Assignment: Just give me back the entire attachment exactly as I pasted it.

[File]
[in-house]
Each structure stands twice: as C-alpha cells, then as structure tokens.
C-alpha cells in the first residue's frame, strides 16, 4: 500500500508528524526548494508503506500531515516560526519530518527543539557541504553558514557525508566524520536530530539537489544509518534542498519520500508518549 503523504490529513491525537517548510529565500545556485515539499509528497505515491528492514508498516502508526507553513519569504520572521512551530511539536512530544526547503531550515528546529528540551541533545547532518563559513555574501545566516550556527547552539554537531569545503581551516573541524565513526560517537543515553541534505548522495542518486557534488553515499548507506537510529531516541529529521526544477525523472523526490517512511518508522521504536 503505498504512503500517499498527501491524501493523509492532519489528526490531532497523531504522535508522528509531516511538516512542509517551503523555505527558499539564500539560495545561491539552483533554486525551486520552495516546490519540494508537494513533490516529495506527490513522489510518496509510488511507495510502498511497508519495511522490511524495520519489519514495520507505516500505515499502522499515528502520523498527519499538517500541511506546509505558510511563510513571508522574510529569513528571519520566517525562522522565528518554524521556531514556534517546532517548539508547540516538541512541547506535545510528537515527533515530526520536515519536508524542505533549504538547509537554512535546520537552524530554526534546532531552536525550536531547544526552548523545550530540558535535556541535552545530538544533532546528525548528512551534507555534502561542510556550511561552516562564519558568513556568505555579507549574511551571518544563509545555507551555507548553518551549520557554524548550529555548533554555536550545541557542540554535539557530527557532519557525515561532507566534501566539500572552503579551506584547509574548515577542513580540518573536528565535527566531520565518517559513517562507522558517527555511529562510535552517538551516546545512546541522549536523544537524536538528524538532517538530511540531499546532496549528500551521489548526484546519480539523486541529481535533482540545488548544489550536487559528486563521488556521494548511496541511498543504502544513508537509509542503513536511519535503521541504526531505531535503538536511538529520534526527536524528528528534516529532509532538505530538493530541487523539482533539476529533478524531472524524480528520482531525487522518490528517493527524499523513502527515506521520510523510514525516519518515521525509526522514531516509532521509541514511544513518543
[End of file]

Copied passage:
[in-house]
Each structure stands twice: as C-alpha cells, then as structure tokens.
C-alpha cells in the first residue's frame, strides 16, 4: 500500500508528524526548494508503506500531515516560526519530518527543539557541504553558514557525508566524520536530530539537489544509518534542498519520500508518549 503523504490529513491525537517548510529565500545556485515539499509528497505515491528492514508498516502508526507553513519569504520572521512551530511539536512530544526547503531550515528546529528540551541533545547532518563559513555574501545566516550556527547552539554537531569545503581551516573541524565513526560517537543515553541534505548522495542518486557534488553515499548507506537510529531516541529529521526544477525523472523526490517512511518508522521504536 503505498504512503500517499498527501491524501493523509492532519489528526490531532497523531504522535508522528509531516511538516512542509517551503523555505527558499539564500539560495545561491539552483533554486525551486520552495516546490519540494508537494513533490516529495506527490513522489510518496509510488511507495510502498511497508519495511522490511524495520519489519514495520507505516500505515499502522499515528502520523498527519499538517500541511506546509505558510511563510513571508522574510529569513528571519520566517525562522522565528518554524521556531514556534517546532517548539508547540516538541512541547506535545510528537515527533515530526520536515519536508524542505533549504538547509537554512535546520537552524530554526534546532531552536525550536531547544526552548523545550530540558535535556541535552545530538544533532546528525548528512551534507555534502561542510556550511561552516562564519558568513556568505555579507549574511551571518544563509545555507551555507548553518551549520557554524548550529555548533554555536550545541557542540554535539557530527557532519557525515561532507566534501566539500572552503579551506584547509574548515577542513580540518573536528565535527566531520565518517559513517562507522558517527555511529562510535552517538551516546545512546541522549536523544537524536538528524538532517538530511540531499546532496549528500551521489548526484546519480539523486541529481535533482540545488548544489550536487559528486563521488556521494548511496541511498543504502544513508537509509542503513536511519535503521541504526531505531535503538536511538529520534526527536524528528528534516529532509532538505530538493530541487523539482533539476529533478524531472524524480528520482531525487522518490528517493527524499523513502527515506521520510523510514525516519518515521525509526522514531516509532521509541514511544513518543